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Does love have to be forever?: “Love” priveleged; love myths

Love is a concept shrouded in myths. We don’t see love as on a continuum, at one end of a spectrum that starts with friendship or NSA sex. We don’t usually see love as flawed, fallible or even temporary in the same way that we see friendship and other sexual relationships. Somehow, love is supposed to be perfect and endure forever and ever. Love is supposed to mean the same thing to everyone and to be experienced in the same way by everyone. And the word “love” in English is used synonymously with the word “commitment”.

Love is a priveleged concept; it is always seen as sacred, pure, in no need of explanation or defence. While other feelings and relationships may be publically scrutinised, debated or denounced, love is not subject to any challenge. Even in the equal marriage debate, love is used as the justification for equal marriage, precisely because it is so difficult or unthinkable to argue against love.  The anti-equal marriage brigade resort to arguing that homosexual love is not-love; they do not challenge the pro-equal marriage supporters by arguing that love should not be priveleged or that love and marriage are irrelevant to each other. It is implicitly assumed by both sides that love should be rewarded by or lead to marriage and that love should be priveleged.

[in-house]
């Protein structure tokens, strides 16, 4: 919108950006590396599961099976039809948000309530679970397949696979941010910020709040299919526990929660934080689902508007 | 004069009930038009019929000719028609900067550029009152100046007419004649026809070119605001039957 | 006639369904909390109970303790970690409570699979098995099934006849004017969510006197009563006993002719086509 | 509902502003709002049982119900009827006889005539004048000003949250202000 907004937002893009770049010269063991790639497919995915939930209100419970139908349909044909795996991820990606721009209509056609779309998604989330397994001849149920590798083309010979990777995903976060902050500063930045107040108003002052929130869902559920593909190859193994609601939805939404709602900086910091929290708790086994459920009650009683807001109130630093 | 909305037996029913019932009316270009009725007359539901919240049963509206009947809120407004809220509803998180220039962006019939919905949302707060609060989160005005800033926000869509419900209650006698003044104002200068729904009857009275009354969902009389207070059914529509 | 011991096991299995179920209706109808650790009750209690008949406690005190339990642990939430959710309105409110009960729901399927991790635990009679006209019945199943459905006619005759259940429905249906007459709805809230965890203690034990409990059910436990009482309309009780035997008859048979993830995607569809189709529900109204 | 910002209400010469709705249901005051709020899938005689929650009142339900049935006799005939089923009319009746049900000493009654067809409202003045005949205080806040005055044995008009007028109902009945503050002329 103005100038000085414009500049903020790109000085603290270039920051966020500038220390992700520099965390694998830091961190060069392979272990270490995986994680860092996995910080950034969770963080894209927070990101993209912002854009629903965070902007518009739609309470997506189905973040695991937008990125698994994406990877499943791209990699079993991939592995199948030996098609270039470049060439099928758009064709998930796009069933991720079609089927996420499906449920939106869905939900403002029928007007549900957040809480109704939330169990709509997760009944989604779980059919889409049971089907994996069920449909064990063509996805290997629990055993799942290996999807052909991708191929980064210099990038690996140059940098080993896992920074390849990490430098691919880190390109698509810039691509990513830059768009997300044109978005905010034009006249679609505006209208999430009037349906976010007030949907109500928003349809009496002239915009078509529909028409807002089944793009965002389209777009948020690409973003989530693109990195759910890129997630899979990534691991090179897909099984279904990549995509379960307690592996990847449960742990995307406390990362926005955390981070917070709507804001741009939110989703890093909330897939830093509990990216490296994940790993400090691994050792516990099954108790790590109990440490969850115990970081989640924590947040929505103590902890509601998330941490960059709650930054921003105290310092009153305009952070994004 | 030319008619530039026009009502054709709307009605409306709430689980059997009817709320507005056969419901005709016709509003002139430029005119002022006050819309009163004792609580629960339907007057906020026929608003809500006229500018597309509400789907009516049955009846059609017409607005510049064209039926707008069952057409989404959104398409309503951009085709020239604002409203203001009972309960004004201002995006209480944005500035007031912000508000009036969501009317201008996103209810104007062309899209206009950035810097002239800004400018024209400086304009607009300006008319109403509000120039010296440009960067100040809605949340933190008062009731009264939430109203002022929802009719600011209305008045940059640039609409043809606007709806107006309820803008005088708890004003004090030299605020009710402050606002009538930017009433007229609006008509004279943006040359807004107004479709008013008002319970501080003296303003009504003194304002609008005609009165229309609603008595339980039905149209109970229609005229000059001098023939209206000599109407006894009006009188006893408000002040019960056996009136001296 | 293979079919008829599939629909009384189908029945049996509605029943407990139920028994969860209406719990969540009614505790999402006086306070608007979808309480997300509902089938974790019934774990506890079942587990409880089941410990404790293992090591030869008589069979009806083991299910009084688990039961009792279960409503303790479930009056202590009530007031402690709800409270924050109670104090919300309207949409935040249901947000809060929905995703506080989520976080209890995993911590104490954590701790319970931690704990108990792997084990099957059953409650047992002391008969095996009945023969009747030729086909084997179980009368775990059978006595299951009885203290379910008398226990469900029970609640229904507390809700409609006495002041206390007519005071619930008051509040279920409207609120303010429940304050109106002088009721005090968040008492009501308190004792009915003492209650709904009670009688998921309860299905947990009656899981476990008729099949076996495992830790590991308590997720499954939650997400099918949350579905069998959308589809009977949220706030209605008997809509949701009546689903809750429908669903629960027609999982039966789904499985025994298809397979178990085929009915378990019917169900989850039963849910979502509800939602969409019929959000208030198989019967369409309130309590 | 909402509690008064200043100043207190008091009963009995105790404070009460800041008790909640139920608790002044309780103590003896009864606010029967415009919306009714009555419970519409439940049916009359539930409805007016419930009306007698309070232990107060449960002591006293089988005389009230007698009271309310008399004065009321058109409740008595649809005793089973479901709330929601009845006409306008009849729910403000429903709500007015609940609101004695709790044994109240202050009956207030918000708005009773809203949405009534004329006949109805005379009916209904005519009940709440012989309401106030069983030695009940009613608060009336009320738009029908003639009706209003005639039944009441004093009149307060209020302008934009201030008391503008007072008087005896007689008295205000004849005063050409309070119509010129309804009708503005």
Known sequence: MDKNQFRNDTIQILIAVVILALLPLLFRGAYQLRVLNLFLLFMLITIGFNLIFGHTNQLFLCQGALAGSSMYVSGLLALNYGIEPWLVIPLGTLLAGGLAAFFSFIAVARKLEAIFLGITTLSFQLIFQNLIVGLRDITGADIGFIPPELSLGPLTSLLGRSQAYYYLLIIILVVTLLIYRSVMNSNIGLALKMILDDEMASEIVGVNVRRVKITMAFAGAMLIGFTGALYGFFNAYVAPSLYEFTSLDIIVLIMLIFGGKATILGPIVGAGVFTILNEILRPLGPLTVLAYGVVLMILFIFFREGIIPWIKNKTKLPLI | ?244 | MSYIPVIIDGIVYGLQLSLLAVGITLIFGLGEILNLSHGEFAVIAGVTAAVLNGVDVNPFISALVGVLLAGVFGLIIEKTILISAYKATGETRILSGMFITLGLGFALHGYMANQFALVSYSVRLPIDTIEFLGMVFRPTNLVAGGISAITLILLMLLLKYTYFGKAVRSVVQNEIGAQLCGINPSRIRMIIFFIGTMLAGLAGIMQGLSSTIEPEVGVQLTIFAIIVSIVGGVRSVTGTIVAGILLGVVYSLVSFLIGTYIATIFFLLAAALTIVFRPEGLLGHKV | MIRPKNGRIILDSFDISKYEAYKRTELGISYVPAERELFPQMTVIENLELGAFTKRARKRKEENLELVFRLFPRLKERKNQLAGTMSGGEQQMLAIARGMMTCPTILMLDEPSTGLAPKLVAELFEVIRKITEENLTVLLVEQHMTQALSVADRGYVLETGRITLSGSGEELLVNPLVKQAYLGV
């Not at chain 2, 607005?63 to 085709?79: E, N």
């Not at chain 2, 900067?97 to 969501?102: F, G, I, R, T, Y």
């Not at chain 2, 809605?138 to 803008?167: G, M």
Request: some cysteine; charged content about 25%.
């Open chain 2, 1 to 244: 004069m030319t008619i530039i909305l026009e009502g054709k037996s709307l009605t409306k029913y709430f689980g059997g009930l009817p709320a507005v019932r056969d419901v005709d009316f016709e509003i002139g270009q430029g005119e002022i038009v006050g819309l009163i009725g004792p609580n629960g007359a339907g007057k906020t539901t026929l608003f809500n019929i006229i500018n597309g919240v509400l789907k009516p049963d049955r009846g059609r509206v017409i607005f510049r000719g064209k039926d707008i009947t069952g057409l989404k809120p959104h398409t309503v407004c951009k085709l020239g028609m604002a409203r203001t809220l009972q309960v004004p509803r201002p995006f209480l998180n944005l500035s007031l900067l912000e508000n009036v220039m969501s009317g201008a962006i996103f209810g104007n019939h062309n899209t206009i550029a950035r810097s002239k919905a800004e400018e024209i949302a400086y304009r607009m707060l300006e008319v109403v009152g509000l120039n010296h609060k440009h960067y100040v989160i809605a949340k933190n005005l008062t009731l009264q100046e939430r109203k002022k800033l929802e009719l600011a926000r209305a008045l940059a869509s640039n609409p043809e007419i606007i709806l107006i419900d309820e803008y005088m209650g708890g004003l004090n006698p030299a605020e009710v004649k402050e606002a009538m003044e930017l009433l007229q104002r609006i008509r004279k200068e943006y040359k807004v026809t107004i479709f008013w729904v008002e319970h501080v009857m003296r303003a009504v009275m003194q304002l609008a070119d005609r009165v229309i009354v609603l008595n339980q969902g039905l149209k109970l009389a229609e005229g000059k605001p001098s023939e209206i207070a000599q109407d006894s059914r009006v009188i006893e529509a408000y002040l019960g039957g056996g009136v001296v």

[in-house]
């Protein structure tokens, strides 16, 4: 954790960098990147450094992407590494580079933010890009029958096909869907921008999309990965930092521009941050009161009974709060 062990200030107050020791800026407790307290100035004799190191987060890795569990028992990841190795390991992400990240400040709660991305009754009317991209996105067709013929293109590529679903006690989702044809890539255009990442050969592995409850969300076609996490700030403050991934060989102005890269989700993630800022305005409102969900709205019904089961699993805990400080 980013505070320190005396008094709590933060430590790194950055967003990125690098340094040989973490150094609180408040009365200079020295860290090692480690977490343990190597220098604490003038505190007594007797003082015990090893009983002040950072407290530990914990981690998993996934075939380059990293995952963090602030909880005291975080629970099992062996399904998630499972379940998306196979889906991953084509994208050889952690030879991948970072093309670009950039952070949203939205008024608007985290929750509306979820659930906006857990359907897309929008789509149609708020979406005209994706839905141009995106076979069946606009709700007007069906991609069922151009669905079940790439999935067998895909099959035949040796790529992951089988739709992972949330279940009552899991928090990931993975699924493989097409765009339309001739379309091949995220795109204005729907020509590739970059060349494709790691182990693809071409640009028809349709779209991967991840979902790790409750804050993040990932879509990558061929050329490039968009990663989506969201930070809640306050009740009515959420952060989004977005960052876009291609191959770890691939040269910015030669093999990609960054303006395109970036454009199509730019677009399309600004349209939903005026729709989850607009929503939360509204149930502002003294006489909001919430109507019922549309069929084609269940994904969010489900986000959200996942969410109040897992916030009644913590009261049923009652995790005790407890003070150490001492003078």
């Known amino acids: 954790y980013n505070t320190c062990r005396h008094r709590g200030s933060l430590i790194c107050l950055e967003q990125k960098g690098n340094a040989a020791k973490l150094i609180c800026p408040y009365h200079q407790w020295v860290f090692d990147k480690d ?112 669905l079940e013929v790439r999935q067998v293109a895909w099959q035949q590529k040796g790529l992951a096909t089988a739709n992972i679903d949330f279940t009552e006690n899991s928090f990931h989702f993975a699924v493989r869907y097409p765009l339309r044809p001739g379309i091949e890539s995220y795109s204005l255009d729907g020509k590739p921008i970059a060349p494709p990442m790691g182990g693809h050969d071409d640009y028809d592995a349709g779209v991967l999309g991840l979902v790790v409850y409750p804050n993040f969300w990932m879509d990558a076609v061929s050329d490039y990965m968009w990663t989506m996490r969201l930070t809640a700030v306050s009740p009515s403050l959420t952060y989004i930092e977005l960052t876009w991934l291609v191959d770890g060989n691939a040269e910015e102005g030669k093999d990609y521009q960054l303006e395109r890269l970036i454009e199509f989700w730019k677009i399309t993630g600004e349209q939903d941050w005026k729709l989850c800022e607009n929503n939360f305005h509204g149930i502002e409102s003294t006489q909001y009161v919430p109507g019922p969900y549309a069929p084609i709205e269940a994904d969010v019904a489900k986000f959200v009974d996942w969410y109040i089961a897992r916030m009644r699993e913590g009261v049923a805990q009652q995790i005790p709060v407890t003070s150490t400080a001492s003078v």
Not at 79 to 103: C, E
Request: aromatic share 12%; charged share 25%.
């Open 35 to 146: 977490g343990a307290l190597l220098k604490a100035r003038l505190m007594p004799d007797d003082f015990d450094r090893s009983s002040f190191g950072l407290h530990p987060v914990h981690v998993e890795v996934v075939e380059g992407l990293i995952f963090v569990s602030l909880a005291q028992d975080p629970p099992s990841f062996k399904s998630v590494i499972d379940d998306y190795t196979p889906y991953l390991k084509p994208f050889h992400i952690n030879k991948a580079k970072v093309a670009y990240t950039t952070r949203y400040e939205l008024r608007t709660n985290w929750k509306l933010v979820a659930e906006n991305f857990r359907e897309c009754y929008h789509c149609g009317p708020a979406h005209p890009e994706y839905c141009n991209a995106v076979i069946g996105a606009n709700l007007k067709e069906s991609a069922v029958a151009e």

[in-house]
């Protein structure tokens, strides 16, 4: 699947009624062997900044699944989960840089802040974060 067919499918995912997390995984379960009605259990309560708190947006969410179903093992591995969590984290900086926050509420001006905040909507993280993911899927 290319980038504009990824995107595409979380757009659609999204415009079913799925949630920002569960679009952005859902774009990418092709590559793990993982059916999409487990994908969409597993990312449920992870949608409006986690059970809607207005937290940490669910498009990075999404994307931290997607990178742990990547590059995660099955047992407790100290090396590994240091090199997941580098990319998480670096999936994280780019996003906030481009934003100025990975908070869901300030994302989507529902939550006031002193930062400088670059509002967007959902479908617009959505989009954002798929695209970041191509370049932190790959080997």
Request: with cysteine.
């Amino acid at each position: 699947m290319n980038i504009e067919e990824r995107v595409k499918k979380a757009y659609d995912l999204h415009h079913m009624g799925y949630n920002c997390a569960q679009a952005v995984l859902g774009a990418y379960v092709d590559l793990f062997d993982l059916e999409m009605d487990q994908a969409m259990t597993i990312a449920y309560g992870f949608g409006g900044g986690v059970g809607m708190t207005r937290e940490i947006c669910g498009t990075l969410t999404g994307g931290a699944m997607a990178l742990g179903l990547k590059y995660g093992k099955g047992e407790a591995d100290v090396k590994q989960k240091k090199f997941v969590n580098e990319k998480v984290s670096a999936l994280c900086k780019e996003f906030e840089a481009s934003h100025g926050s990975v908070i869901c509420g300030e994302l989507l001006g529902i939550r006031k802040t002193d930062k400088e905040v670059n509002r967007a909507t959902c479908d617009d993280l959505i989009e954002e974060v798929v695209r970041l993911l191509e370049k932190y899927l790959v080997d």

The Catholic Church and other random right-wing moralists, whether politicians, NGOs or think-tanks, criticise every other sexual emotion on the spectrum except for love. Love is immune. In fact, love is often favoured and other sexual emotions are compared to it unfavourably. Love is the ideal.

Women a little older than me may remember dreaming of – or being socialised into dreaming of – experiencing true love like Princess Diana. For those around my age, it was Cinderella, Princess Jasmine, Belle and Ariel. For those who are younger, Bella Swan is their role model. Previous generations had Shakespeare’s Juliet and Hans Christian Andersen’s fairytales, unDisneyfied. Obviously, this is part of the reason why we put love on a pedestal. But the really interesting thing is that all of us expect to experience love in the same way as our fictional or celebrity heroines. We don’t entertain the idea that love might feel different to different people, or feel different with different partners or at different ages.

Love is inextricably linked to marriage and the family the two-parent heterosexual monogamous fertile family. Female children and teenage girls take it for granted that they’ll fall madly in love with their very own Prince Charming and get married. The reality for a lot of people, though, is marrying someone you like a lot and who you get on with; the scorching fires of I-can’t-live-without-you passion and wild romance seldom lead to stable relationships, as the magic fizzles out after a while. Yet, we continue to delude ourselves that we’ll ‘find our soulmate’ and ‘know it’s true love’ and ‘live happily ever after’. This is because we see love as a shining, separate entity, instead of an emotion resting on the far side of the casual sex-friendship-like-like a lot-love spectrum.